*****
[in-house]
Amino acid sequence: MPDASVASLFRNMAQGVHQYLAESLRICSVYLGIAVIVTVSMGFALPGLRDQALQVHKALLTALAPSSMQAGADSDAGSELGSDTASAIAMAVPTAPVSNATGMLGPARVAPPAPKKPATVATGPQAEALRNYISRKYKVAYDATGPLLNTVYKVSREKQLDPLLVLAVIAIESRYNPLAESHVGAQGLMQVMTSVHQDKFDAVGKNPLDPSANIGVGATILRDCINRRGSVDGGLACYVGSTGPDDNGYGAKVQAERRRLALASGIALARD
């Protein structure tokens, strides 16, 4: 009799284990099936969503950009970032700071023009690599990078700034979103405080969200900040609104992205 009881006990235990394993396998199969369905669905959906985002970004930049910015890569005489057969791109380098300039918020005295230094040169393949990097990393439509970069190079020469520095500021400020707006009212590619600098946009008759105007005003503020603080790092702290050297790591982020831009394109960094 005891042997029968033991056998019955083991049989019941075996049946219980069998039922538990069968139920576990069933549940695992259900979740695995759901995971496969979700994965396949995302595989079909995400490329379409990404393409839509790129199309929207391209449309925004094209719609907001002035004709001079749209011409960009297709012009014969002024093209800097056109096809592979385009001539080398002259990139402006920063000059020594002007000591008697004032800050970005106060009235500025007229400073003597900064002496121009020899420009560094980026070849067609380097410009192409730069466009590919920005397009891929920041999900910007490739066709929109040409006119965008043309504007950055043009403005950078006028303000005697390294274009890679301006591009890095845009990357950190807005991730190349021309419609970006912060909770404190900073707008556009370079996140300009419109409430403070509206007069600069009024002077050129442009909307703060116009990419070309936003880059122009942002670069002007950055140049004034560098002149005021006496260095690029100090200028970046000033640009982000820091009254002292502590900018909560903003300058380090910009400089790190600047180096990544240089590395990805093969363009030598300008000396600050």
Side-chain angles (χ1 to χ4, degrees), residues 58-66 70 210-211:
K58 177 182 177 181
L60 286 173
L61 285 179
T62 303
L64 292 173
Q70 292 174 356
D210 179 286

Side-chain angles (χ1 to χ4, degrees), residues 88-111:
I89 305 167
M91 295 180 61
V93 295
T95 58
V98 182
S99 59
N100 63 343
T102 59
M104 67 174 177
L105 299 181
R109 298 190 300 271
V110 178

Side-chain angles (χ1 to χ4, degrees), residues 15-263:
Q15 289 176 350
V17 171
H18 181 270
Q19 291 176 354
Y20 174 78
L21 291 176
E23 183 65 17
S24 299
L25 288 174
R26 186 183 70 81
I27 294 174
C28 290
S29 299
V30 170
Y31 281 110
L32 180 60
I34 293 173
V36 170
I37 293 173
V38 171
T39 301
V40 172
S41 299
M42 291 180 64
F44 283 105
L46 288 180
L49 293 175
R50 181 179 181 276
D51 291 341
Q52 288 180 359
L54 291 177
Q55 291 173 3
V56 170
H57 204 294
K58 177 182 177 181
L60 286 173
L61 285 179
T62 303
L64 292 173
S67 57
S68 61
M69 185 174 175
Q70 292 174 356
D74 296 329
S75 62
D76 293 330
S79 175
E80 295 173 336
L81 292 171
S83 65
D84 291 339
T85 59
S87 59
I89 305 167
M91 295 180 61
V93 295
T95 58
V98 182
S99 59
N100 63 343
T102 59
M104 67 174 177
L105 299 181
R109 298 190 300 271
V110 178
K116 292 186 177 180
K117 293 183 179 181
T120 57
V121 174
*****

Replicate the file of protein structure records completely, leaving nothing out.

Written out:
[in-house]
Amino acid sequence: MPDASVASLFRNMAQGVHQYLAESLRICSVYLGIAVIVTVSMGFALPGLRDQALQVHKALLTALAPSSMQAGADSDAGSELGSDTASAIAMAVPTAPVSNATGMLGPARVAPPAPKKPATVATGPQAEALRNYISRKYKVAYDATGPLLNTVYKVSREKQLDPLLVLAVIAIESRYNPLAESHVGAQGLMQVMTSVHQDKFDAVGKNPLDPSANIGVGATILRDCINRRGSVDGGLACYVGSTGPDDNGYGAKVQAERRRLALASGIALARD
């Protein structure tokens, strides 16, 4: 009799284990099936969503950009970032700071023009690599990078700034979103405080969200900040609104992205 009881006990235990394993396998199969369905669905959906985002970004930049910015890569005489057969791109380098300039918020005295230094040169393949990097990393439509970069190079020469520095500021400020707006009212590619600098946009008759105007005003503020603080790092702290050297790591982020831009394109960094 005891042997029968033991056998019955083991049989019941075996049946219980069998039922538990069968139920576990069933549940695992259900979740695995759901995971496969979700994965396949995302595989079909995400490329379409990404393409839509790129199309929207391209449309925004094209719609907001002035004709001079749209011409960009297709012009014969002024093209800097056109096809592979385009001539080398002259990139402006920063000059020594002007000591008697004032800050970005106060009235500025007229400073003597900064002496121009020899420009560094980026070849067609380097410009192409730069466009590919920005397009891929920041999900910007490739066709929109040409006119965008043309504007950055043009403005950078006028303000005697390294274009890679301006591009890095845009990357950190807005991730190349021309419609970006912060909770404190900073707008556009370079996140300009419109409430403070509206007069600069009024002077050129442009909307703060116009990419070309936003880059122009942002670069002007950055140049004034560098002149005021006496260095690029100090200028970046000033640009982000820091009254002292502590900018909560903003300058380090910009400089790190600047180096990544240089590395990805093969363009030598300008000396600050």
Side-chain angles (χ1 to χ4, degrees), residues 58-66 70 210-211:
K58 177 182 177 181
L60 286 173
L61 285 179
T62 303
L64 292 173
Q70 292 174 356
D210 179 286

Side-chain angles (χ1 to χ4, degrees), residues 88-111:
I89 305 167
M91 295 180 61
V93 295
T95 58
V98 182
S99 59
N100 63 343
T102 59
M104 67 174 177
L105 299 181
R109 298 190 300 271
V110 178

Side-chain angles (χ1 to χ4, degrees), residues 15-263:
Q15 289 176 350
V17 171
H18 181 270
Q19 291 176 354
Y20 174 78
L21 291 176
E23 183 65 17
S24 299
L25 288 174
R26 186 183 70 81
I27 294 174
C28 290
S29 299
V30 170
Y31 281 110
L32 180 60
I34 293 173
V36 170
I37 293 173
V38 171
T39 301
V40 172
S41 299
M42 291 180 64
F44 283 105
L46 288 180
L49 293 175
R50 181 179 181 276
D51 291 341
Q52 288 180 359
L54 291 177
Q55 291 173 3
V56 170
H57 204 294
K58 177 182 177 181
L60 286 173
L61 285 179
T62 303
L64 292 173
S67 57
S68 61
M69 185 174 175
Q70 292 174 356
D74 296 329
S75 62
D76 293 330
S79 175
E80 295 173 336
L81 292 171
S83 65
D84 291 339
T85 59
S87 59
I89 305 167
M91 295 180 61
V93 295
T95 58
V98 182
S99 59
N100 63 343
T102 59
M104 67 174 177
L105 299 181
R109 298 190 300 271
V110 178
K116 292 186 177 180
K117 293 183 179 181
T120 57
V121 174